Taking care of your heart health and overall wellbeing is one of the best things you can do for yourself, but it can be difficult to build healthy habits. Here are some ways you can set yourself up for success by choosing healthy foods.
1. Build your meals out of vegetables first
Vegetables are the cornerstone of a healthy diet. If you make them the primary component of your meals, you maximise your nutrient intake and decrease your energy intake. For managing your weight long term, this is one of the most important things you can do.
For more on how vegetables promote health in your body and how much you should be eating every day, check out All about veggies.
2. Become a salad aficionado
Salads are one of the best ways to help you meet your daily vegetable intake and can be easily incorporated into plenty of different meals. Follow these simple steps for building a great salad:
- Pick a leafy base: lettuce, spinach, rocket or cabbage
- Pick some colour: yellow capsicum, orange carrot, purple onion, red tomato, green cucumber
- Add some flavour (optional): parsley, coriander, basil
- Add some healthy fats (optional): avocado, nuts, seeds.
For more ideas on how to easily include vegetables into your day, check out 8 easy ways to eat more veggies.
3. Find the right amount of carbohydrate for you
One trending diet has been the keto diet, an eating pattern so low in carbohydrate it forces your body into a metabolic state called ketosis. This diet is very difficult to stick to and has left many people confused about eating carbohydrates.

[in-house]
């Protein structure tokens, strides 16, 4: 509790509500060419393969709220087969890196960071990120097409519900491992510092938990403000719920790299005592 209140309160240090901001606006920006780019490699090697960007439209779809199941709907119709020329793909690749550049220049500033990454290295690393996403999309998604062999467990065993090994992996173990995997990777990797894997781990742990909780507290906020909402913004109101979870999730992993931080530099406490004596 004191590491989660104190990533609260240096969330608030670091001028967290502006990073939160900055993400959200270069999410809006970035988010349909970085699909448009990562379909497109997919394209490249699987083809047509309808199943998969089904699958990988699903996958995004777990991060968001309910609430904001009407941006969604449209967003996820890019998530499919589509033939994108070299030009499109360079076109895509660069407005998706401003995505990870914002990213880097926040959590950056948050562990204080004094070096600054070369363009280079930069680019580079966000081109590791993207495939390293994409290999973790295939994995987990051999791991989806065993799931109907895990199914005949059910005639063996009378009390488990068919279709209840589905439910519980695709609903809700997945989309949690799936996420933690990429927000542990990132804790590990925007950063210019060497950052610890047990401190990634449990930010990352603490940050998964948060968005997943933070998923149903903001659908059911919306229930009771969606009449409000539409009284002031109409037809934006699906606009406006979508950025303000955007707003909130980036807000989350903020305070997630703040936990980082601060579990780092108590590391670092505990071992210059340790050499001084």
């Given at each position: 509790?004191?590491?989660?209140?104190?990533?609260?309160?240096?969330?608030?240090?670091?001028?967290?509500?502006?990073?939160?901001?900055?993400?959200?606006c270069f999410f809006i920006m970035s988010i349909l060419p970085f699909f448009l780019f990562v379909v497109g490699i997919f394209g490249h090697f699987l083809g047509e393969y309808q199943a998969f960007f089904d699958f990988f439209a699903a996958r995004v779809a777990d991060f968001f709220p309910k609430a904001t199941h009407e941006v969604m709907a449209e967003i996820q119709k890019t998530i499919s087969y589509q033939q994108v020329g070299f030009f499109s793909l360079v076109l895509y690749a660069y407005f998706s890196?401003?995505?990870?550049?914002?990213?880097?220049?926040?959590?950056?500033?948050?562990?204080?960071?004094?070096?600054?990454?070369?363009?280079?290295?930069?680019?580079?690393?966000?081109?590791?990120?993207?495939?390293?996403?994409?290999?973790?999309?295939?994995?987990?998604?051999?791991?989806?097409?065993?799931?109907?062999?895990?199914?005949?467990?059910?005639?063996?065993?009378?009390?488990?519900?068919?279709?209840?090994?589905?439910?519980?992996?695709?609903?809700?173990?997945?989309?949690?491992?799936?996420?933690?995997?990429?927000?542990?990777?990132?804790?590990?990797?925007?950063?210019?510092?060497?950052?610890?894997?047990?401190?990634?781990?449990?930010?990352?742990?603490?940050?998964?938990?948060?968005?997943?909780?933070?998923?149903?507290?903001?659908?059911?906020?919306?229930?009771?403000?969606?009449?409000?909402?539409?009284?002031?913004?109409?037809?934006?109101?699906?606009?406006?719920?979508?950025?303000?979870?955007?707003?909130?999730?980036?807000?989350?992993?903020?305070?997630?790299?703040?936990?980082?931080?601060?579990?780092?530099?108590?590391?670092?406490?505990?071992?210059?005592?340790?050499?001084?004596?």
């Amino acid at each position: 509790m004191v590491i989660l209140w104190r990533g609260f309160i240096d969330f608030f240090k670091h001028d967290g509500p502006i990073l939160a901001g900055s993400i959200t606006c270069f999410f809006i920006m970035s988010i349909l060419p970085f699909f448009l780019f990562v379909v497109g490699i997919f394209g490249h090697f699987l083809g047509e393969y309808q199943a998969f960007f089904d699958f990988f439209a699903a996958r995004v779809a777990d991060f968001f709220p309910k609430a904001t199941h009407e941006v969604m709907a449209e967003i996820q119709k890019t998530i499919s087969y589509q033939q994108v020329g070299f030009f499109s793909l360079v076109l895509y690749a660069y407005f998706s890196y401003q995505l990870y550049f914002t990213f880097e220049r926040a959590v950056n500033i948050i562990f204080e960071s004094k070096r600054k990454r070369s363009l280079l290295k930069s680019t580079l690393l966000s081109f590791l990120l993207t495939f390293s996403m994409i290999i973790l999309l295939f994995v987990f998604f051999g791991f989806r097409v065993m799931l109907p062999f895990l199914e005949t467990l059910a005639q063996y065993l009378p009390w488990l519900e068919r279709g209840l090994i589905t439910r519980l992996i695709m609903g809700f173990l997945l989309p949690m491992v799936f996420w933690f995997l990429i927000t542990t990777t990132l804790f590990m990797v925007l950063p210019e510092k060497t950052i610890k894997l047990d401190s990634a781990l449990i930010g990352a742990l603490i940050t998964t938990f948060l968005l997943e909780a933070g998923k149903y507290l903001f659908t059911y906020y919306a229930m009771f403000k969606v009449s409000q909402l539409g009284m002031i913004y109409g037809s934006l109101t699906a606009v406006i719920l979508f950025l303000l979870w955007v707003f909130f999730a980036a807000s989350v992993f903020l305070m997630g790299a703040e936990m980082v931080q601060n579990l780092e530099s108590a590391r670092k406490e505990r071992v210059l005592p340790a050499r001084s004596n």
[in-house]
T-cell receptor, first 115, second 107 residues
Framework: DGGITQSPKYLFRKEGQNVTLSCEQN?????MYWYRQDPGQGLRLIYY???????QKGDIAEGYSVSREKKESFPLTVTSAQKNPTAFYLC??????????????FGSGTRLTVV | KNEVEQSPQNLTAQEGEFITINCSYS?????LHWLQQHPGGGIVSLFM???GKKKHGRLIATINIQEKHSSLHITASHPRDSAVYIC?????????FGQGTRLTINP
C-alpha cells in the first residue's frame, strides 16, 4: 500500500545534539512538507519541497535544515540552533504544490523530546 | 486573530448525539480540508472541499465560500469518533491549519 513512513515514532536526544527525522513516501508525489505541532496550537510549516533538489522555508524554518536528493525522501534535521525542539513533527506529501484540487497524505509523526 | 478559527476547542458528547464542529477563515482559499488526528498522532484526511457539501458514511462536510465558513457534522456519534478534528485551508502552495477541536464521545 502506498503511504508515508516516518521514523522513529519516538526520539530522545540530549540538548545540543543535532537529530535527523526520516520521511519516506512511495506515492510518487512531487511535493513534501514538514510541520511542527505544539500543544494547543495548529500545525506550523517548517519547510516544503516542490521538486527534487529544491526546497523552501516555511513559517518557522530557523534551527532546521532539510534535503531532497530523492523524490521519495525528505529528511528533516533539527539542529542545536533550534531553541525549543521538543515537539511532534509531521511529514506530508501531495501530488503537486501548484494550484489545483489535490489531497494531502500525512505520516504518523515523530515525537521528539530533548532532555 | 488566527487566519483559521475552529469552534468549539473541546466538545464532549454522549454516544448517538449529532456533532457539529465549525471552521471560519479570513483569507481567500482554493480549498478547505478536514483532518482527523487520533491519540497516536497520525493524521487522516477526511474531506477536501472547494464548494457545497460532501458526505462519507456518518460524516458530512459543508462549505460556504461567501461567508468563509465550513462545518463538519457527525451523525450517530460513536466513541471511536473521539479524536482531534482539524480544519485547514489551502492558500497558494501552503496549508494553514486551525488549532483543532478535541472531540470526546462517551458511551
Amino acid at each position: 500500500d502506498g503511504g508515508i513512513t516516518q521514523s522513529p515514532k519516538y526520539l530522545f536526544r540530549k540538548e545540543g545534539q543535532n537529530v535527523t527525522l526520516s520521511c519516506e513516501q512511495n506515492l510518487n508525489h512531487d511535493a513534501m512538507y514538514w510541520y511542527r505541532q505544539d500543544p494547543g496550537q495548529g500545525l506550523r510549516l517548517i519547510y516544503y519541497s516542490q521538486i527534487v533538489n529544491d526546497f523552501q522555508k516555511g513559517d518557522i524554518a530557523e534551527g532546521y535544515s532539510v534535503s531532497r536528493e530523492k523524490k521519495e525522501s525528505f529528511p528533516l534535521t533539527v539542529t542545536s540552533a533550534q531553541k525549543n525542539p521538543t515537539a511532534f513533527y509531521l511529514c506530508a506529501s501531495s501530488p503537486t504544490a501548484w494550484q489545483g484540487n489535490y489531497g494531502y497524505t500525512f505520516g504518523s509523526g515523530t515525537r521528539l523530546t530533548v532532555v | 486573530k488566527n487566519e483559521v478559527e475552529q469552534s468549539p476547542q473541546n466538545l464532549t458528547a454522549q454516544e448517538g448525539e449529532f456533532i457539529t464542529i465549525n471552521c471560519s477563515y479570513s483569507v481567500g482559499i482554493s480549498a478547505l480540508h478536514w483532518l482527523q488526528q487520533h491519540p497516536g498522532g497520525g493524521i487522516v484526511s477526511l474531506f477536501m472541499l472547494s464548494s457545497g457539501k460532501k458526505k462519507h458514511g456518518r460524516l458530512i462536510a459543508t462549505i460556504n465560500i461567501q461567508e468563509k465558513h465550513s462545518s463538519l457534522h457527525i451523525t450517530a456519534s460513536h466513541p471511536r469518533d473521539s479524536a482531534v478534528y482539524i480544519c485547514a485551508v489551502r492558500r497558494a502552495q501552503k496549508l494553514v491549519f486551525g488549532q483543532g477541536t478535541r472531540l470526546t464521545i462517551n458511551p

The truth is that weight loss, a healthy body and good nutrition can and should include carbohydrates. And the best way for you is the one that suits your lifestyle long term.
If you’re not sure what’s right for you, check out All about carbs.
4. Include whole food sources of carbohydrate in your diet
The best carbohydrates are the ones that come from minimally processed foods. This way, not only are you getting carbohydrates, you’re getting fibre, vitamins and minerals as well.
Here are 5 healthy carbohydrate-rich foods and how to include them in your diet.
5. Strive for diet quality, not restriction
There are many ‘diets’ out there that tout restrictive food rules, many of them unnecessary. Often the best way to make sustainable, long-term changes to your diet is to focus on including more healthy foods, rather than focusing on cutting out foods. By focusing on including greater amounts of nutritious food, you increase your overall diet quality.
When it comes to including more healthy foods, a good place to start is with protein. To help increase your intake of quality sources, check out All about protein.
6. Learn how to manage your appetite
Sometimes, a really challenging part of eating well is constantly feeling hungry or getting to certain points in your day when you’re so hungry you’ll eat just about anything.
There are many factors that influence your appetite – ensuring you have a good source of protein at your main meals is one of them.
Here are 5 protein-packed meals and snacks to help get you through the day.
7. Love your fat-rich whole foods